View: 722

This electronic version has been made available under a Creative Commons (BY-NC-ND) open access license. This book traces affinities between digital and medieval media, exploring how reading functioned as a nexus for concerns about increasing literacy, audiences’ agency, literary culture and media formats from the late fourteenth to the early sixteenth centuries. Drawing on a wide range of texts, from well-known poems of Chaucer and Lydgate to wall texts, banqueting poems and devotional works written by and for women, Participatory reading argues that making readers work offered writers ways to shape their reputations and the futures of their productions. At the same time, the interactive reading practices they promoted enabled audiences to contribute to – and contest – writers’ burgeoning authority, making books and reading work for everyone.

Bible Culture and Authority in the Early United States

How to Do Things with Books in Victorian Britain. Princeton: Princeton University Press, 2012. Räisänen, Heikki. “Joseph Smith as a Creative Interpreter of ...

DOWNLOAD NOW »

Author: Seth Perry

Publisher: Princeton University Press

ISBN: 9780691179131

Category: Religion

Page: 216

View: 361

Early Americans claimed that they looked to "the Bible alone" for authority, but the Bible was never, ever alone. Bible Culture and Authority in the Early United States is a wide-ranging exploration of the place of the Christian Bible in America in the decades after the Revolution. Attending to both theoretical concerns about the nature of scriptures and to the precise historical circumstances of a formative period in American history, Seth Perry argues that the Bible was not a "source" of authority in early America, as is often said, but rather a site of authority: a cultural space for editors, commentators, publishers, preachers, and readers to cultivate authoritative relationships. While paying careful attention to early national bibles as material objects, Perry shows that "the Bible" is both a text and a set of relationships sustained by a universe of cultural practices and assumptions. Moreover, he demonstrates that Bible culture underwent rapid and fundamental changes in the early nineteenth century as a result of developments in technology, politics, and religious life. At the heart of the book are typical Bible readers, otherwise unknown today, and better-known figures such as Zilpha Elaw, Joseph Smith, Denmark Vesey, and Ellen White, a group that includes men and women, enslaved and free, Baptists, Catholics, Episcopalians, Methodists, Mormons, Presbyterians, and Quakers. What they shared were practices of biblical citation in writing, speech, and the performance of their daily lives. While such citation contributed to the Bible's authority, it also meant that the meaning of the Bible constantly evolved as Americans applied it to new circumstances and identities.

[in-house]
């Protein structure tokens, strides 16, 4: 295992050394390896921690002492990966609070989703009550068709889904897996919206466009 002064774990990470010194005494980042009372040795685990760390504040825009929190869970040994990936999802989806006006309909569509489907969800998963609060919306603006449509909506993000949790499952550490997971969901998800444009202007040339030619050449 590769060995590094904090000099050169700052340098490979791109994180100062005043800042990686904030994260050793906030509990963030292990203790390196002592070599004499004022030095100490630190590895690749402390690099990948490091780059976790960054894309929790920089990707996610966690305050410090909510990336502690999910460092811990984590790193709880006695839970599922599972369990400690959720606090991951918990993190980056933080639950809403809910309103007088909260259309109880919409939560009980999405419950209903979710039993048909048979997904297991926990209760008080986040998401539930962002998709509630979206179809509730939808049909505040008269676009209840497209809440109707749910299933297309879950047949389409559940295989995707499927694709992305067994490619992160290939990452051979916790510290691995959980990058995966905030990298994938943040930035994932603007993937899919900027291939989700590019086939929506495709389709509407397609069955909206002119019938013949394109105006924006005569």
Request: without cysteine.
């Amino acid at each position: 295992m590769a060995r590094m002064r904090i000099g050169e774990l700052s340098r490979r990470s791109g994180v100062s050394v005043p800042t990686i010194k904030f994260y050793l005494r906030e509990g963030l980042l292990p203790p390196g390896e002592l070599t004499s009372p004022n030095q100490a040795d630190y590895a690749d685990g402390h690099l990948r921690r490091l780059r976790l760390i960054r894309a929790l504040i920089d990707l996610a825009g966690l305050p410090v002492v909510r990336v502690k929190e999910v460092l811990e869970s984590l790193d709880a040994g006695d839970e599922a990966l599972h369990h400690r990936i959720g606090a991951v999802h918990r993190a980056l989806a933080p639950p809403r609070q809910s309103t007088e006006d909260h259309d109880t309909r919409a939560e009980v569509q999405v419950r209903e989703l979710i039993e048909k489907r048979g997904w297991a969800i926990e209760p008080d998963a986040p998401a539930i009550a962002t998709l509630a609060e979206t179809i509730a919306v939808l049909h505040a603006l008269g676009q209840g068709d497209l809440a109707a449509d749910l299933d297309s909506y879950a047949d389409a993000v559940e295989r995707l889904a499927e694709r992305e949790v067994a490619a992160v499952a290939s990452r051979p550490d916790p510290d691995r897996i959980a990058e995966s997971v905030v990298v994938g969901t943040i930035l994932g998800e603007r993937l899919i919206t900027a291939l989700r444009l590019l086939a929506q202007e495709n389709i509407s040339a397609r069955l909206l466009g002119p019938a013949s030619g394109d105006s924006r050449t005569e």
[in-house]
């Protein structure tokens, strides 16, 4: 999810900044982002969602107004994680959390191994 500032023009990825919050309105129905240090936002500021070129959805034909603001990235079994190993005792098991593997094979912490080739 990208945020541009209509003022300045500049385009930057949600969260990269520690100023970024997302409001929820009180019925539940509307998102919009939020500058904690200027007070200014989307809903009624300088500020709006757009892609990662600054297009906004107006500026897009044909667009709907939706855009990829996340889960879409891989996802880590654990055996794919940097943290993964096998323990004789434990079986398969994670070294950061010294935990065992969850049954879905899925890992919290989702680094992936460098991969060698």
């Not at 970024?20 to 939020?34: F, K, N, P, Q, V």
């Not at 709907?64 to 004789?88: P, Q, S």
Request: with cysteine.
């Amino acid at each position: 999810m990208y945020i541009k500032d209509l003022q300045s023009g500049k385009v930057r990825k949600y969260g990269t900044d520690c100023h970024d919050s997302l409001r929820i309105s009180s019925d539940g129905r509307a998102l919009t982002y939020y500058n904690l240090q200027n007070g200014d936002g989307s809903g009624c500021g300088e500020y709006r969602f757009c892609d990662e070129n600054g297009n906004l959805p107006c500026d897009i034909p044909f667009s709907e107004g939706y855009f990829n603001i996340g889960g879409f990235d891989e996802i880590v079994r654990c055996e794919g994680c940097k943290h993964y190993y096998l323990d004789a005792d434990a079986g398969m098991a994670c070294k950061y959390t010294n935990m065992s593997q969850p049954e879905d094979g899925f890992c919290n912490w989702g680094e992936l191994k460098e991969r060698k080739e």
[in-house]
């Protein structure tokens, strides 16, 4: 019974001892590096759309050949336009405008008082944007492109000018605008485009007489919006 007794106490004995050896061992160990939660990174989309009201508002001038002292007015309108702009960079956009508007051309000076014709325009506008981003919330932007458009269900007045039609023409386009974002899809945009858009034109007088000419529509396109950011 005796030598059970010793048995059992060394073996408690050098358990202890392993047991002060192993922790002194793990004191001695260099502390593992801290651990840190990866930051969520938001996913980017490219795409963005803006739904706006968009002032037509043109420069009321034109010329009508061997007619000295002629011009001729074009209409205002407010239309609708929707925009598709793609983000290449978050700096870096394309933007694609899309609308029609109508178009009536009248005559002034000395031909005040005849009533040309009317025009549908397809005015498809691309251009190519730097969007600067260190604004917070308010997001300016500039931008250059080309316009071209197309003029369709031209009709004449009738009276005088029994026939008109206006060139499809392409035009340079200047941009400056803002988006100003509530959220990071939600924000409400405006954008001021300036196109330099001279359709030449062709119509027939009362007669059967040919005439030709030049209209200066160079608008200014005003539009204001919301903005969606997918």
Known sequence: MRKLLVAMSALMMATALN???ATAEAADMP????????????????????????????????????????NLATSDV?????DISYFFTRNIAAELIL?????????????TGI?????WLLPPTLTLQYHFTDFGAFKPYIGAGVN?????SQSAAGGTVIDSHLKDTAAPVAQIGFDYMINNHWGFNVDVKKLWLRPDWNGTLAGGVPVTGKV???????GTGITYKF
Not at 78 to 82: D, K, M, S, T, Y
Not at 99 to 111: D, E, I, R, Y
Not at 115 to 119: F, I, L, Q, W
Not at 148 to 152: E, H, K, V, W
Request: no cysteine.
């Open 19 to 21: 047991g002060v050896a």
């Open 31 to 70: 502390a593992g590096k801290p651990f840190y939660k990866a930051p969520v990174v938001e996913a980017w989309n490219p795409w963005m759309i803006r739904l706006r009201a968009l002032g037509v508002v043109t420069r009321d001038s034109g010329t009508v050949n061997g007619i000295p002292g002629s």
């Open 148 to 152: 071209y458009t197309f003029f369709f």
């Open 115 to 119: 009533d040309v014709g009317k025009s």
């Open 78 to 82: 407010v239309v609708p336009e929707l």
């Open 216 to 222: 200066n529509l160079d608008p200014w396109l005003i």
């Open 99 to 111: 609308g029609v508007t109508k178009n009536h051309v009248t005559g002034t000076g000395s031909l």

A Brief History of Life in Victorian Britain

Praise for Dicken's London: Out of the babble of voices, Michael Paterson has been able to extract the essence of London itself. Read this book and re-enter the labyrinth of a now-ancient city.' Peter Ackroyd

DOWNLOAD NOW »

Author: Mike Paterson

Publisher: Constable & Robinson Ltd

ISBN: 1845297075

Category: Great Britain

Page: 358

View: 400

Using character portraits, events, and key moments, Michael Paterson brings the real life of Victorian Britain alive - from the lifestyles of the aristocrats to the lowest ranks of the London slums.